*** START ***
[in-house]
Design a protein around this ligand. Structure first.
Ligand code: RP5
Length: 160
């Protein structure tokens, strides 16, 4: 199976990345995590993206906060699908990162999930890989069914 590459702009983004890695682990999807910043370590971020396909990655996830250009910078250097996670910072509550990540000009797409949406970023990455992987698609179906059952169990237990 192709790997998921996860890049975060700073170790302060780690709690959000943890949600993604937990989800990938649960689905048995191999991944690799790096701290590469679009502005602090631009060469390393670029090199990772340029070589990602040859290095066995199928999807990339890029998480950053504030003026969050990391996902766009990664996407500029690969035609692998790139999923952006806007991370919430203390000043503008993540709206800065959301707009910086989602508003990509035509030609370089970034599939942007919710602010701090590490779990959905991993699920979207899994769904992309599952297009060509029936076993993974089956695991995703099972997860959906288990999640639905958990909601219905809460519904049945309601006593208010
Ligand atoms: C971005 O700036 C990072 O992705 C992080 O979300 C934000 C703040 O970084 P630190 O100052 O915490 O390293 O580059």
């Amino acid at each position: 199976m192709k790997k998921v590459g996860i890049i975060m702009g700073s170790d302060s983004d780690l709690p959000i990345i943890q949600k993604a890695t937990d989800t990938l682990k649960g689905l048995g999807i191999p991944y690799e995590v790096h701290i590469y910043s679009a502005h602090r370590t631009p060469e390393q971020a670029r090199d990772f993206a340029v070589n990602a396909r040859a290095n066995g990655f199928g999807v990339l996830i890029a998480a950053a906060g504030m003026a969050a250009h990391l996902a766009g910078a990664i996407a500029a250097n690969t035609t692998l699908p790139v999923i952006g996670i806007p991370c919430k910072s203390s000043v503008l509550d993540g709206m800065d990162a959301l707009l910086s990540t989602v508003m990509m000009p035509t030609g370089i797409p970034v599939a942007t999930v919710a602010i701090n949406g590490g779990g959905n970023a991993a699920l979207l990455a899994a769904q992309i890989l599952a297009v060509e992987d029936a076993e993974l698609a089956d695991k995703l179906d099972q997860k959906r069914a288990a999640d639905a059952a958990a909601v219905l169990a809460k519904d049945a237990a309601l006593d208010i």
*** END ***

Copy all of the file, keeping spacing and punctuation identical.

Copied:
[in-house]
Design a protein around this ligand. Structure first.
Ligand code: RP5
Length: 160
């Protein structure tokens, strides 16, 4: 199976990345995590993206906060699908990162999930890989069914 590459702009983004890695682990999807910043370590971020396909990655996830250009910078250097996670910072509550990540000009797409949406970023990455992987698609179906059952169990237990 192709790997998921996860890049975060700073170790302060780690709690959000943890949600993604937990989800990938649960689905048995191999991944690799790096701290590469679009502005602090631009060469390393670029090199990772340029070589990602040859290095066995199928999807990339890029998480950053504030003026969050990391996902766009990664996407500029690969035609692998790139999923952006806007991370919430203390000043503008993540709206800065959301707009910086989602508003990509035509030609370089970034599939942007919710602010701090590490779990959905991993699920979207899994769904992309599952297009060509029936076993993974089956695991995703099972997860959906288990999640639905958990909601219905809460519904049945309601006593208010
Ligand atoms: C971005 O700036 C990072 O992705 C992080 O979300 C934000 C703040 O970084 P630190 O100052 O915490 O390293 O580059």
């Amino acid at each position: 199976m192709k790997k998921v590459g996860i890049i975060m702009g700073s170790d302060s983004d780690l709690p959000i990345i943890q949600k993604a890695t937990d989800t990938l682990k649960g689905l048995g999807i191999p991944y690799e995590v790096h701290i590469y910043s679009a502005h602090r370590t631009p060469e390393q971020a670029r090199d990772f993206a340029v070589n990602a396909r040859a290095n066995g990655f199928g999807v990339l996830i890029a998480a950053a906060g504030m003026a969050a250009h990391l996902a766009g910078a990664i996407a500029a250097n690969t035609t692998l699908p790139v999923i952006g996670i806007p991370c919430k910072s203390s000043v503008l509550d993540g709206m800065d990162a959301l707009l910086s990540t989602v508003m990509m000009p035509t030609g370089i797409p970034v599939a942007t999930v919710a602010i701090n949406g590490g779990g959905n970023a991993a699920l979207l990455a899994a769904q992309i890989l599952a297009v060509e992987d029936a076993e993974l698609a089956d695991k995703l179906d099972q997860k959906r069914a288990a999640d639905a059952a958990a909601v219905l169990a809460k519904d049945a237990a309601l006593d208010i």